“When I started doing fieldwork-based research in China, the projects were normally considered my projects, and the research assistants were helping me. But they were not just interpreters either. They were very active contributors – and they have been indispensable”.
“In our current project it is very different, since my Danish colleagues and I are, in effect, unable to enter China, and the fieldwork the postdocs are doing becomes the absolute heart of the project”.
As an example of the current limits on access to China, Ane Bislev mentions an upcoming article which will be published as part of the ”social credit” project. She wrote it together with a Danish and a Chinese colleague, about a new app that is used by many families to hire domestic help like nannies, servants, and drivers.
”It’s based entirely on information that we have been able to gather on the internet. We totally missed going there and talking to the nannies themselves, as well as the families who hired them and the companies that developed the app. We have never tried to stand there, looking people over the shoulder in order to watch how they are using the app”.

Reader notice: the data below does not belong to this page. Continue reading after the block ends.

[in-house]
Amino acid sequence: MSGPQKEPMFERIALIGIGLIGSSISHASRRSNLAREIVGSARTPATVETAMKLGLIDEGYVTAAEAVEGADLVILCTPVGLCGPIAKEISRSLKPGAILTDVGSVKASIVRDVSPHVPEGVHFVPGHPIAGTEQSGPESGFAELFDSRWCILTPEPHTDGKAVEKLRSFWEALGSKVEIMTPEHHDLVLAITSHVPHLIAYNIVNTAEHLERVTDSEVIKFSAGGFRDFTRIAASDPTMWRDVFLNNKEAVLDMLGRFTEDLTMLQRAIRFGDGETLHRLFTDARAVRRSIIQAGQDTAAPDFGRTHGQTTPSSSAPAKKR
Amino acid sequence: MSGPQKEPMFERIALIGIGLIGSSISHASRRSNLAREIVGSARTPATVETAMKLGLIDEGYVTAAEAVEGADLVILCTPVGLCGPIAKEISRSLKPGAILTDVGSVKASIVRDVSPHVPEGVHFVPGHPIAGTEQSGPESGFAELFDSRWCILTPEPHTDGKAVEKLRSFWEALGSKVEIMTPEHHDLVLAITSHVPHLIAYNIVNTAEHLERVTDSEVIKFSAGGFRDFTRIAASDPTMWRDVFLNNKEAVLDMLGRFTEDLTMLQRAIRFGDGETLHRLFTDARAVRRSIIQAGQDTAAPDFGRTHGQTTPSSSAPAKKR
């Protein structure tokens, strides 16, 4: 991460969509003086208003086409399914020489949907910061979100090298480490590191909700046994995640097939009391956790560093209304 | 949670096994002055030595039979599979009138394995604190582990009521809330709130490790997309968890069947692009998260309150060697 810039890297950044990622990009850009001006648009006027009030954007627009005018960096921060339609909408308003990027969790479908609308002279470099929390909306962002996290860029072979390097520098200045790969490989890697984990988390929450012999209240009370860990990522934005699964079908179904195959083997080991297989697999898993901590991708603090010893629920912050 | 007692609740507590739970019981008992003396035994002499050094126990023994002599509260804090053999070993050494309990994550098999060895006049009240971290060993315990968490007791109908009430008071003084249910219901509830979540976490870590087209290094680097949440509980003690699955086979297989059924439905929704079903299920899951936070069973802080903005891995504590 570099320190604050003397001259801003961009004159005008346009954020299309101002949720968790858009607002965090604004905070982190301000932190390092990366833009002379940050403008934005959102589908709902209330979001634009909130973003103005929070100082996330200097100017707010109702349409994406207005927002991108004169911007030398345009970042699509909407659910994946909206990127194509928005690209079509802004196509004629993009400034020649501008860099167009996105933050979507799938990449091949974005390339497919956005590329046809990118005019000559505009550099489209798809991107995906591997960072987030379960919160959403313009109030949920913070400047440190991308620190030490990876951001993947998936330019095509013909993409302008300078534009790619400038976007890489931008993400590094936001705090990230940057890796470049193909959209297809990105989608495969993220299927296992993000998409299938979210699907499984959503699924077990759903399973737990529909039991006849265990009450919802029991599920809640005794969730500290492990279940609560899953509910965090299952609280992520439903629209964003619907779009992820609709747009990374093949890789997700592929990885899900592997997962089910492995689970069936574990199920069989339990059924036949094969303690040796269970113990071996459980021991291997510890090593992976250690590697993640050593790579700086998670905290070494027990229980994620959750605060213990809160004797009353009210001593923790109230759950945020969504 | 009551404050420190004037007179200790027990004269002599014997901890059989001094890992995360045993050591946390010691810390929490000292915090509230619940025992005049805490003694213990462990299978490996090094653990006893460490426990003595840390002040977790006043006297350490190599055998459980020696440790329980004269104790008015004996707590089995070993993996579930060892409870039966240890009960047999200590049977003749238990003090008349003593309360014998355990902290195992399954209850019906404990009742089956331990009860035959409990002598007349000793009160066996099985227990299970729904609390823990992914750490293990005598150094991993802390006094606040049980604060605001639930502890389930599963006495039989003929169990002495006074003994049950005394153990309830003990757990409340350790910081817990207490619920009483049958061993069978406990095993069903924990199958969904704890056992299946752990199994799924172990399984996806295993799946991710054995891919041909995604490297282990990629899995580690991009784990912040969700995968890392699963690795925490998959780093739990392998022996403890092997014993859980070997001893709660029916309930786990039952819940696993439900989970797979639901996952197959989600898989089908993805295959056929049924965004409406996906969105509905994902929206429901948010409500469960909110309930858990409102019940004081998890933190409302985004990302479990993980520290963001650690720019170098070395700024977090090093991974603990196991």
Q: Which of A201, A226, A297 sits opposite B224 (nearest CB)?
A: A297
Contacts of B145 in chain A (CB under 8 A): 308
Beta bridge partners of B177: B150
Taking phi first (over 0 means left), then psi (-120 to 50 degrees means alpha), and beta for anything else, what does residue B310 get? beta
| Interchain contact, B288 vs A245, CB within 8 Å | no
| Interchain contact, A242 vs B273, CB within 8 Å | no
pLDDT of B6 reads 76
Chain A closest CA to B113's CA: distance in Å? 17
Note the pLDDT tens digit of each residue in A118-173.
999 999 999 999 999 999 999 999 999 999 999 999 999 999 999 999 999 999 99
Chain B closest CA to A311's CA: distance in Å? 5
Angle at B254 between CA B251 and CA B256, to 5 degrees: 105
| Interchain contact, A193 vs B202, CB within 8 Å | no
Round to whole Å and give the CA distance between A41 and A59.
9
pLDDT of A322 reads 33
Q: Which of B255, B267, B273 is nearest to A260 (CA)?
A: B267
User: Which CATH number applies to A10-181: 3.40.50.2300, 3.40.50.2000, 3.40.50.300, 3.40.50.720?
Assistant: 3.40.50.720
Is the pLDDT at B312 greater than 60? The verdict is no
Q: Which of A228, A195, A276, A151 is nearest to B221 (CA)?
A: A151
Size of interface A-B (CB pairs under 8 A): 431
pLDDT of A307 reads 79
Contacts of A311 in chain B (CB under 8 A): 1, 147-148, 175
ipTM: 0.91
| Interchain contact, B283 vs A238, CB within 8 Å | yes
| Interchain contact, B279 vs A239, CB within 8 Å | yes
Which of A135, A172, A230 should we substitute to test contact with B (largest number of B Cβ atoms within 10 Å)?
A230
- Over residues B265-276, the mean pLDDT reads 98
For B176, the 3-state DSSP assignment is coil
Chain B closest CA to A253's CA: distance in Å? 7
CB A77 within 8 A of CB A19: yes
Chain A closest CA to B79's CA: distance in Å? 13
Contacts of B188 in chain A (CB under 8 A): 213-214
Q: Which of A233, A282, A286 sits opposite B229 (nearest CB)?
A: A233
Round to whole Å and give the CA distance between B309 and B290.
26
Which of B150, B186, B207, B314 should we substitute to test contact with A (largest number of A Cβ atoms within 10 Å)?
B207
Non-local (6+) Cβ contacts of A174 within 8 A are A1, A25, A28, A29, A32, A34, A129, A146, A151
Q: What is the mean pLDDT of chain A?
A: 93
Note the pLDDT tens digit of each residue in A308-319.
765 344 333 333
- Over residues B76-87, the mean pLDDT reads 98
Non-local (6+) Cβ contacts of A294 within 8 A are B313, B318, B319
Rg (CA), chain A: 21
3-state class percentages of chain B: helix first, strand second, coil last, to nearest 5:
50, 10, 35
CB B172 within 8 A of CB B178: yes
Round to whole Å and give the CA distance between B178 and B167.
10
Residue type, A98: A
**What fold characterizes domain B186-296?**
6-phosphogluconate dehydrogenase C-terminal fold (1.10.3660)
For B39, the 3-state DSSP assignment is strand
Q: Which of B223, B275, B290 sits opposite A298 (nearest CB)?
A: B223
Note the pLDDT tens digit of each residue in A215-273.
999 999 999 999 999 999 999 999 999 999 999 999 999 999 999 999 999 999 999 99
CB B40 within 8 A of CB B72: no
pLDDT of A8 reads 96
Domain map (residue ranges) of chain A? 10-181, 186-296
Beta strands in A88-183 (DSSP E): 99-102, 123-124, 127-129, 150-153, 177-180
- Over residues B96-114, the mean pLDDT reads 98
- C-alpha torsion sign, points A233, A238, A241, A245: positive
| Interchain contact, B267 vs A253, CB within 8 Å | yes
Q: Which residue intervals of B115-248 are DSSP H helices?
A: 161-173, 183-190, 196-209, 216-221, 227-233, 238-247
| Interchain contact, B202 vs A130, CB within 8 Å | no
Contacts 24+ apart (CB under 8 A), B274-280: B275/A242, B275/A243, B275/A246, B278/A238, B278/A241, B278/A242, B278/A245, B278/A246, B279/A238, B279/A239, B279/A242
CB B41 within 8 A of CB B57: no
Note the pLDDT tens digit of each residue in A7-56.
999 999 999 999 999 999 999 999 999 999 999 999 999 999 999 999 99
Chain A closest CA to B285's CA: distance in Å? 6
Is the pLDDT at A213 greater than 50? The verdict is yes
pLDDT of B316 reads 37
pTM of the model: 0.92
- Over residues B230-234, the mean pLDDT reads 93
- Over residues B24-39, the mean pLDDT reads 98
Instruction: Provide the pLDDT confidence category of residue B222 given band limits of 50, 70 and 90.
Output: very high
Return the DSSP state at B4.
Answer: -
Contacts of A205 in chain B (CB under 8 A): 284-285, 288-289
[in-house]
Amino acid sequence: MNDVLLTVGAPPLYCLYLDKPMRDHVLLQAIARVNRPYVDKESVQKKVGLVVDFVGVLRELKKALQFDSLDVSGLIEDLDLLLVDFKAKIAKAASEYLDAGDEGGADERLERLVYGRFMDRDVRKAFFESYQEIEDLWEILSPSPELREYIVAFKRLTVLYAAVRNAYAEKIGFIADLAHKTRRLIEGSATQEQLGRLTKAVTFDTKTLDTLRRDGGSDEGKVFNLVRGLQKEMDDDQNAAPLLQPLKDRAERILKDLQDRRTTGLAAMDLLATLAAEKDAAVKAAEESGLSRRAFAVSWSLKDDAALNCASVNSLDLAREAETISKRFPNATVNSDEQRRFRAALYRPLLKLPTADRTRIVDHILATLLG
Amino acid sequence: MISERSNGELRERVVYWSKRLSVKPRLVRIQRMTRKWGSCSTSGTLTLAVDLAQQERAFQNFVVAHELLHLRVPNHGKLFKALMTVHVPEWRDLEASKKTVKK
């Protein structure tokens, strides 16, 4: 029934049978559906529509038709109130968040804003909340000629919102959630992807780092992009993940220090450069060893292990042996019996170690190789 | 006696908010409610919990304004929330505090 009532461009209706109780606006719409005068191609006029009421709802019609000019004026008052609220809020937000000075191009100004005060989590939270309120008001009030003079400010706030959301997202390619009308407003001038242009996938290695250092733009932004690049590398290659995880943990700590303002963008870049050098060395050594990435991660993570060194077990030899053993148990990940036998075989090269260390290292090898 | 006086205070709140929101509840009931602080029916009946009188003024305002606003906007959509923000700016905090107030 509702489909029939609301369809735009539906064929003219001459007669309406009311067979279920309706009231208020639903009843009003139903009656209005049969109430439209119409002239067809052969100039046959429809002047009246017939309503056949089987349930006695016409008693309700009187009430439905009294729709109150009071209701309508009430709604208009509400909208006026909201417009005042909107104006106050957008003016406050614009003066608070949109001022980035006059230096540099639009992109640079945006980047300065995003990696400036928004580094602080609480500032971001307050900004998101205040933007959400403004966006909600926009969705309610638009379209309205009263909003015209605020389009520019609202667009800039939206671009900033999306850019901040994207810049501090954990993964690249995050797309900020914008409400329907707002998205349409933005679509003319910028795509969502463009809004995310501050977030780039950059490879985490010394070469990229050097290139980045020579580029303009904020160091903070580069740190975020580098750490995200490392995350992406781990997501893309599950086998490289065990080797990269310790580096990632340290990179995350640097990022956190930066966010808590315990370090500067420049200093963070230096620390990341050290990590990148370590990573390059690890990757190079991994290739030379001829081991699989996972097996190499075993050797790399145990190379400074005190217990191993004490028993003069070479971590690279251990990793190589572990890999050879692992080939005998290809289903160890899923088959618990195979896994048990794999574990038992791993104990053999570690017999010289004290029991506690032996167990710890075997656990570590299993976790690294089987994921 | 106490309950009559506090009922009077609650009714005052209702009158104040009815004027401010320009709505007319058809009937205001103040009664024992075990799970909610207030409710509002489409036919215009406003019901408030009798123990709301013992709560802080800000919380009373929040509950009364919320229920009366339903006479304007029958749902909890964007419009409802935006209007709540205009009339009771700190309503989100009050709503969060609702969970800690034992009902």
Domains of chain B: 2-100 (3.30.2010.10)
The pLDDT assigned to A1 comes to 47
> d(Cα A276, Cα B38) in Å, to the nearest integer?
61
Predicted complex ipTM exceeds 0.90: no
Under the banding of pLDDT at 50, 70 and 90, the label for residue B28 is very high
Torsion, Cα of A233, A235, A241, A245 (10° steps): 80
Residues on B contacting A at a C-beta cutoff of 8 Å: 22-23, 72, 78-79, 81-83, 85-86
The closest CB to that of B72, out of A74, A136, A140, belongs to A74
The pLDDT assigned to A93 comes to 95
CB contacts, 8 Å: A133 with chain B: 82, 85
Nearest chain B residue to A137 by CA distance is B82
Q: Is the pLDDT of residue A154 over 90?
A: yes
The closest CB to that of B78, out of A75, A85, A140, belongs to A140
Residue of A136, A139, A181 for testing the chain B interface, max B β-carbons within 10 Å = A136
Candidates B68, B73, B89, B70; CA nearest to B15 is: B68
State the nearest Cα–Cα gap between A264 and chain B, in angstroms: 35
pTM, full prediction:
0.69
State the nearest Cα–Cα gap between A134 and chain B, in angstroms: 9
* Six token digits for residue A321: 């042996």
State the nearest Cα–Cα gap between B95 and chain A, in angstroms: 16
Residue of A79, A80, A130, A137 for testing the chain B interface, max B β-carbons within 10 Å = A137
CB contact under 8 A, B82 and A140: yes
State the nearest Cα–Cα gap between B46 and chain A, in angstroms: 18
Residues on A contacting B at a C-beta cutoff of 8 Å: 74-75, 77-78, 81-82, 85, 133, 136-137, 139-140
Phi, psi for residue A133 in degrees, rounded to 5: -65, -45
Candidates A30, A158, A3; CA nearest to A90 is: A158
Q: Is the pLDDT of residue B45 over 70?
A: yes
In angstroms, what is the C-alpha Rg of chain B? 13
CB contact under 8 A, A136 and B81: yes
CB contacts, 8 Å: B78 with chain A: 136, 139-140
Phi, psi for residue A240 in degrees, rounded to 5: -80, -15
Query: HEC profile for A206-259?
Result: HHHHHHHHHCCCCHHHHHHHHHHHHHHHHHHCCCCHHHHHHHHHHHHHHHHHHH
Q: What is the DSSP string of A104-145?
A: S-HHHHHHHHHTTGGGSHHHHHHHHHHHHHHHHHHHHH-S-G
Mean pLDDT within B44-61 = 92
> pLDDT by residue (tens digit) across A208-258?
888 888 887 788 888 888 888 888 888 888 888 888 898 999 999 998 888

”At the moment, we are understanding each other less and less because there has been so little exchange during the pandemic. Zoom meetings are simply not enough. We have continued having Chinese students in Aalborg as part of our double-degree program, but the Danish students haven’t been able to go to China. One problem is of course the teaching they don’t get, but another problem is that they don’t experience Chinese everyday life. They haven’t had to take the subway in Beijing”.
”At the time when we were able to send our students to China, typically for a year, some of them came home with a lot of fascination with China, and others came home just as critical as they left. But all of them had had their perspective changed a little bit – like the Chinese students here who are having their perspective on the West changed a little bit”, concludes Ane Bislev.